Fields in computer science
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Fields in computer science

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Discusses about the various areas of research in Computer Science.

Discusses about the various areas of research in Computer Science.

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Fields in computer science Fields in computer science Presentation Transcript

  • Research Areas in CSNarendran Thangarajan,Final Year CSE, SSNCE.
  • Outline• Thanks to forefathers!• Branches in Computer Science ▫ Theoretical ▫ Applied
  • Thanks to our forefathers!• I don’t want history. Show me the super cool stuff now!• Wilhelm Schickard – Designed the first mechanical calculator (1623). ▫ Why? Kepler’s laws of planetary motion.• Blaise Pascal – designed and constructed the first working mechanical calculator (1642). ▫ Why? He wanted to help his father with his tax revenue calculations.• Charles Babbage – Difference Engine and Analytical Engine ▫ Why? Producing tables was time consuming and expensive at that time.
  • First Computer Science Degree• Diploma in Computer Science at the University of Cambridge Computer Library (1953).• In USA, first computer science degree program started at Purdue University in 1962.Who named it? • George Forsythe, founder and head of Stanford University’s Computer Science Department.
  • Branches in CS• CSAB – Computing Sciences Accreditation Board ▫ Accreditation of computing disciplines.• Two Major Branches ▫ Theoretical Computer Science ▫ Applied Computer Science
  • Theoretical Computer Science• Has many sub-branches like ▫ Theory of Computation ▫ Information and Coding theory ▫ Algorithms and Data Structures ▫ Programming Language Theory ▫ Formal Methods ▫ Concurrent, Parallel and Distributed systems. ▫ Databases and Information Retrieval
  • Theoretical Computer ScienceTheory of Computation• TOC answers the questions ▫ What can be automated? ▫ What amount of resources are required to perform those computations?• Automata Theory –Study of abstract machines. ▫ DFA, NFA, PDA, Turing Machines• Computability Theory – Is the problem solvable on a particular model of computation?• Computational Complexity Theory – How efficiently a problem can be solved. Time and space complexities.• Eg: P vs. NP Problems (MIT labs)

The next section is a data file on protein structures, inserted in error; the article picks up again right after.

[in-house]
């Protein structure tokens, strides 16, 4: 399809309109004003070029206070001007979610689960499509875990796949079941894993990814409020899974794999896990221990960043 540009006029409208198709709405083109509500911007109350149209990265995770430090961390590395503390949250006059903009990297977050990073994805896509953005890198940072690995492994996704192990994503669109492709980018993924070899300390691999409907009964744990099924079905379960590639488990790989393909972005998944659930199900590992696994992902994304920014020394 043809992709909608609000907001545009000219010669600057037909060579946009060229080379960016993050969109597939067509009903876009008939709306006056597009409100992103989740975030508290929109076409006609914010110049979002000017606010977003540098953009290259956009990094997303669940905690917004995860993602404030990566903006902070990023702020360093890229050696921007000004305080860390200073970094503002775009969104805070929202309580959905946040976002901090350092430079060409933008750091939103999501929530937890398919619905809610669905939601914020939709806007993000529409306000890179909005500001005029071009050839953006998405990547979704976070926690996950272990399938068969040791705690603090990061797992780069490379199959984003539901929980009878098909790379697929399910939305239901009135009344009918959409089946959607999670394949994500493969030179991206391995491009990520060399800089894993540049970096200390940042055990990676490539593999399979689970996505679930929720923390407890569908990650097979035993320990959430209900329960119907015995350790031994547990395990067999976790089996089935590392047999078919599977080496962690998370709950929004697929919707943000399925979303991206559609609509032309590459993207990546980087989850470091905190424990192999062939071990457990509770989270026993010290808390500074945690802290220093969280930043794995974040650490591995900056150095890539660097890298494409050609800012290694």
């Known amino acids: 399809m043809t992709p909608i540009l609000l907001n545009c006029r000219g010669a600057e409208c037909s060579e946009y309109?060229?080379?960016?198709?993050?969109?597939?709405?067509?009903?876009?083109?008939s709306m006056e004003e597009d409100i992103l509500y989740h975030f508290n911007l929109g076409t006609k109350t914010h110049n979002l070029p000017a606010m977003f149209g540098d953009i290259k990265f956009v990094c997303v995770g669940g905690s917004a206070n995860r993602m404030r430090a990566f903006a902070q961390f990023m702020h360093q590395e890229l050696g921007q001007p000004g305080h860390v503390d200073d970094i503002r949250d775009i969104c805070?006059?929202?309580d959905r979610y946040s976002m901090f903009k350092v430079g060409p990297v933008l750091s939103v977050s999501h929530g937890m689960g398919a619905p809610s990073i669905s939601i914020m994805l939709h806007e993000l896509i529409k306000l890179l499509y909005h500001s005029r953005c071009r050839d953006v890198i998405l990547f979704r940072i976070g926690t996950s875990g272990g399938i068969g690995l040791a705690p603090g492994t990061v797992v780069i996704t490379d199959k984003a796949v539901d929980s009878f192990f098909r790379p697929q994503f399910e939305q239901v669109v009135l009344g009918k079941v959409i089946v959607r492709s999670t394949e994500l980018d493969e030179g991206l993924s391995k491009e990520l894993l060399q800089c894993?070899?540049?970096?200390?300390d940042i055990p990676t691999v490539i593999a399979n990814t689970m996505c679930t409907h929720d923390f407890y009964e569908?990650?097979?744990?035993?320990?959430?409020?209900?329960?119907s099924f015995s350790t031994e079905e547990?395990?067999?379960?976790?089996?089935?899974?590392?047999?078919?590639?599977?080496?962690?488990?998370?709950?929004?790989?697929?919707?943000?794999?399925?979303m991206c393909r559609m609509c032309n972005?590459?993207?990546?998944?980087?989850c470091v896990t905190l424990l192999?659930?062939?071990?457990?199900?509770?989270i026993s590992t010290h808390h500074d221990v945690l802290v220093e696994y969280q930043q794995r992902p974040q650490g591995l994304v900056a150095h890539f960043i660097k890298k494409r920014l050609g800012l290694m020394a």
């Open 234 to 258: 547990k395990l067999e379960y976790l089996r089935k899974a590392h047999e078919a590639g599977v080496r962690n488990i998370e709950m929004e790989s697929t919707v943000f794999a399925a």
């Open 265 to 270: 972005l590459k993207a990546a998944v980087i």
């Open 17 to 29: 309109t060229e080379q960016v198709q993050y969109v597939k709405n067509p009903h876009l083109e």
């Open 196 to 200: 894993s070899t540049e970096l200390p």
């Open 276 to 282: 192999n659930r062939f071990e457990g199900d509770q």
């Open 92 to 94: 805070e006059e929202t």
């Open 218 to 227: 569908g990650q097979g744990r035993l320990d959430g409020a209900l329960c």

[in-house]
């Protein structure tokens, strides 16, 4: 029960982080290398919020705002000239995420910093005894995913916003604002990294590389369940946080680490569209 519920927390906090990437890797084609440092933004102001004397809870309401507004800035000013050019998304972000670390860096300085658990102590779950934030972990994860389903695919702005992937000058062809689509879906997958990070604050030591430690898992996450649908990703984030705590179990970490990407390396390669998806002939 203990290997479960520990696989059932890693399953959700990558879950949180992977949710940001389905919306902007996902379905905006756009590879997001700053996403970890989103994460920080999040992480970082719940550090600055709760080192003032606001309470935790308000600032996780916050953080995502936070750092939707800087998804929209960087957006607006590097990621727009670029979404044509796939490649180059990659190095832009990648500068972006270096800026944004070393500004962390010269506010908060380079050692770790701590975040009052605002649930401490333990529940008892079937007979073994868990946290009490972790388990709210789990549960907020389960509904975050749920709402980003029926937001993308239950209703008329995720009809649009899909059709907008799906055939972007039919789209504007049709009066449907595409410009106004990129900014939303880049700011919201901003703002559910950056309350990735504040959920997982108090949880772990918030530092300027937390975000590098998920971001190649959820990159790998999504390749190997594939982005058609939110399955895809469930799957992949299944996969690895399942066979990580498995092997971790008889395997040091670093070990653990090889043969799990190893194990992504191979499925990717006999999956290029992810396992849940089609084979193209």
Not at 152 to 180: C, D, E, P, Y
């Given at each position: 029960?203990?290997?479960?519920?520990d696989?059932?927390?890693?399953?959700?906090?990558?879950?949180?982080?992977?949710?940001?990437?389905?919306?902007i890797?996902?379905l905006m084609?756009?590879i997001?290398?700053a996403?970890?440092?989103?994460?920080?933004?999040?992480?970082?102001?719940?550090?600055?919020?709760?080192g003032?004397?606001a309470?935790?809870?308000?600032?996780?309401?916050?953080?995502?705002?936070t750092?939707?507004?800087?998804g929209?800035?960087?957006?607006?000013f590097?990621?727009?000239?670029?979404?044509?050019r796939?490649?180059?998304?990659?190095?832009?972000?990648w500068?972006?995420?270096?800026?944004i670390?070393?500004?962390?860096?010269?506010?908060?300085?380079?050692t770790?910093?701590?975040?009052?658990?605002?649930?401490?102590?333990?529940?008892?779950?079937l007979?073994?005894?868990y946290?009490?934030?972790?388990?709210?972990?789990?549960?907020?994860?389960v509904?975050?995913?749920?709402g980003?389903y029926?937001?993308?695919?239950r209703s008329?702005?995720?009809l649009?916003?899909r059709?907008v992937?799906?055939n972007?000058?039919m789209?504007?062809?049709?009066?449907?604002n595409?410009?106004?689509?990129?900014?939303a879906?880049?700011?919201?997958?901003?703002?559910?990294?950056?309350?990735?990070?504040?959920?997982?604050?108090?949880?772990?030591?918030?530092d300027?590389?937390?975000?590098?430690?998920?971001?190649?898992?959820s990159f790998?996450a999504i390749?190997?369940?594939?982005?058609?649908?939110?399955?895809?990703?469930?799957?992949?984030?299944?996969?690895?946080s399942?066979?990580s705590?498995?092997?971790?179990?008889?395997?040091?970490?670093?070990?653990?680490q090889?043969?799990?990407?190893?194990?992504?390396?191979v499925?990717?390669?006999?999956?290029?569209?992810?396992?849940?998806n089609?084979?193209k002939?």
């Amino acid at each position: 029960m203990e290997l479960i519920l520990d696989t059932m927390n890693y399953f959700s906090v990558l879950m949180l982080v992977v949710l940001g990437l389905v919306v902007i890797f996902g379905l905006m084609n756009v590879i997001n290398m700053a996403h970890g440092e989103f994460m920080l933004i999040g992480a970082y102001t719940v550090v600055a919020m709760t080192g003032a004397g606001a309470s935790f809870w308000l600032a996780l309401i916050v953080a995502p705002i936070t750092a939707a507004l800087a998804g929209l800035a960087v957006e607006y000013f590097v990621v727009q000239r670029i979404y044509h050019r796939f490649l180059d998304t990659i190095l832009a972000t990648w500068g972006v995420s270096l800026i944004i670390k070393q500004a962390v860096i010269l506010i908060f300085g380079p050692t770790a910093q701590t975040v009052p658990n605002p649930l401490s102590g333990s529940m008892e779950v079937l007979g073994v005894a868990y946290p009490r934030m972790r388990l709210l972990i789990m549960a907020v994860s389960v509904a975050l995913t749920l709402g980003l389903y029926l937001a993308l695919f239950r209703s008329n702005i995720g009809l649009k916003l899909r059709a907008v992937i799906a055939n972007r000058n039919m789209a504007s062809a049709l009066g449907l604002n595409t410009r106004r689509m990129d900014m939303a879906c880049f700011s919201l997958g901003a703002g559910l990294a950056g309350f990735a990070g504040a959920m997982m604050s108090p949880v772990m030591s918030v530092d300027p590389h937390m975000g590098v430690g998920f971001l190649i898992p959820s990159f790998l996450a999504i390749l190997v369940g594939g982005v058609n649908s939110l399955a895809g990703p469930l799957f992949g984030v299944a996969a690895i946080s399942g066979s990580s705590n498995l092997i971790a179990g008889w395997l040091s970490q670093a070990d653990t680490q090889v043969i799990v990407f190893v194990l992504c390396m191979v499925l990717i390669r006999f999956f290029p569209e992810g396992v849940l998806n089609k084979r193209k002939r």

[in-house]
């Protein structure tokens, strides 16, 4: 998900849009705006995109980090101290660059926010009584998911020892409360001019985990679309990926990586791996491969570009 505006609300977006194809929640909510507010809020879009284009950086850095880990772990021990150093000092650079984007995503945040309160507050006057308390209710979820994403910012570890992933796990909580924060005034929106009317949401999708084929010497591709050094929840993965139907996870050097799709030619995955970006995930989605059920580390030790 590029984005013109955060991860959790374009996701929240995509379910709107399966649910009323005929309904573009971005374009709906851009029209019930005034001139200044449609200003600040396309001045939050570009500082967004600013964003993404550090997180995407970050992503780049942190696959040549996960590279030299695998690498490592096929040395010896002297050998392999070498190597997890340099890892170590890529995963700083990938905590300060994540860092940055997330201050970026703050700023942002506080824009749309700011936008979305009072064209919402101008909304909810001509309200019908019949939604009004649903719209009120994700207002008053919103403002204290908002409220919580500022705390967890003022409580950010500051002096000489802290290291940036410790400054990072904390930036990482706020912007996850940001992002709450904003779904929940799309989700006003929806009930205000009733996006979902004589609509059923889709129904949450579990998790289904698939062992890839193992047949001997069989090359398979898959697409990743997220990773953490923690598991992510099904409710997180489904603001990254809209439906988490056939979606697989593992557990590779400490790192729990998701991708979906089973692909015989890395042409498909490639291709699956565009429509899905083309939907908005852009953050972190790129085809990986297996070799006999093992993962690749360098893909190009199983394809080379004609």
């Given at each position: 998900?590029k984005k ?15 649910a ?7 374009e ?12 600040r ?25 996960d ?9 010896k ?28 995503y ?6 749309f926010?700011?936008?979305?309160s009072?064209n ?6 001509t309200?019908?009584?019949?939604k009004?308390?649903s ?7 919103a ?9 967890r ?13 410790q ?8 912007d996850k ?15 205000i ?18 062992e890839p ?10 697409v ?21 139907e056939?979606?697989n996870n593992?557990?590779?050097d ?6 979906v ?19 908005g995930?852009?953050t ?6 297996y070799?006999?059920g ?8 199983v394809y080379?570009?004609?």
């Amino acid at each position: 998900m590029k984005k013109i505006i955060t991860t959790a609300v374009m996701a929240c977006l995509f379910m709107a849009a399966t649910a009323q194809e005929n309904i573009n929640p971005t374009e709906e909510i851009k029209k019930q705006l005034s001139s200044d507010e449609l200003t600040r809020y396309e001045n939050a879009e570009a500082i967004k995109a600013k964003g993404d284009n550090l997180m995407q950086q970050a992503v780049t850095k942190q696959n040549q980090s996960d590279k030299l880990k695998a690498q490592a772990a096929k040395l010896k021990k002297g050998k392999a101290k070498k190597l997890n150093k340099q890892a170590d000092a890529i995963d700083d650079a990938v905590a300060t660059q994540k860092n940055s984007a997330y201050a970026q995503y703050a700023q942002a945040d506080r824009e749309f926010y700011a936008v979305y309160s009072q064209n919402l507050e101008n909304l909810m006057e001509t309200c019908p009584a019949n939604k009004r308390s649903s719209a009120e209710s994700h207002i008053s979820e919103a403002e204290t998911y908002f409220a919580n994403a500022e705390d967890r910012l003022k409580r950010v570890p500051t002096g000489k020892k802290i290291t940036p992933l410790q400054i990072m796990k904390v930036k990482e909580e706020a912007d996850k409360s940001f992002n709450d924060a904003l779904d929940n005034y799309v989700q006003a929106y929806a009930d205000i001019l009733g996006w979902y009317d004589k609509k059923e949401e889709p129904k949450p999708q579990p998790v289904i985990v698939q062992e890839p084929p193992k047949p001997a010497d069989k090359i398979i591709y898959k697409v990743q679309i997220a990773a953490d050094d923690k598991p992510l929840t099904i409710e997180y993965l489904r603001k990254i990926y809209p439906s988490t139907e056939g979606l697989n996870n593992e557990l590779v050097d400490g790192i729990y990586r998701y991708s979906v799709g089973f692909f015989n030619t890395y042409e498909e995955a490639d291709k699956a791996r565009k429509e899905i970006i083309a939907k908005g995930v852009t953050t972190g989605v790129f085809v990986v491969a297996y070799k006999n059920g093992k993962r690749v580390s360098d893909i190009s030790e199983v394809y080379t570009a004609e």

• Theoretical Computer ScienceInformation and Coding Theory• Information Theory ▫ Claude E. Shannon. – Father of information theory ▫ Find fundamental limits on signal processing operations ▫ Eg : Shannon-Hartley Theorem – Theoretical upper bound of channel capacity. ▫ Eg : Nyquist-Shannon Theorem – Sampling rate limit• Coding Theory ▫ Study of properties of codes and their fitness for an application. ▫ Two aspects  Data Compression (source coding)  Error Correction (channel coding) ▫ Eg: Text, Image, Video, Audio Compression. ▫ Eg: Lempel-Ziv algorithms
  • Theoretical Computer ScienceAlgorithms and Data Structures• Algorithms ▫ Step-by-step procedure for solving a given problem. ▫ Eg: Sorting algorithms, Euclid’s Algorithm. ▫ Analysis of Algorithms – Determination of the amount of resources (such as time and storage) necessary to execute them.  Time complexity – Number of steps  Space Complexity – Number of storage locations ▫ Remember Computational Complexity Theory? ▫ Eg: Your own sorting algorithm – mySort!• Data Structures ▫ Way of storing and organizing data in a computer so that it can be used efficiently. ▫ How to choose different data structures based on the application. ▫ Eg: B-trees for databases, Hash Tables for compilers ▫ Eg : Change the structure of the Inode data structure
  • Theoretical Computer ScienceProgramming Language Theory• Deals with the design, implementation and classification of programming languages. ▫ Based on Type systems – static, dynamic ▫ Based on Programming Paradigm – Structured, OOP ▫ Metaprogramming – X Macros ▫ Compiler Design and Implementation• It is important to understand the internal working of any programming language (If you want to get into research).
  • Theoretical Computer ScienceFormal Methods• Mathematically-based techniques for the specification, development and verification of software and hardware systems. Why?• Specification ▫ Used to give a description of the system to be developed. ▫ Eg: BNF – Describes CFG ▫ Eg: Petri Nets – describes distributed systems.• Development ▫ Based on the specification – software or hardware.• Verification ▫ Automated Theorem Proving – Produce a formal proof from scratch ▫ Model Checking – Exhaustive search of all possible states.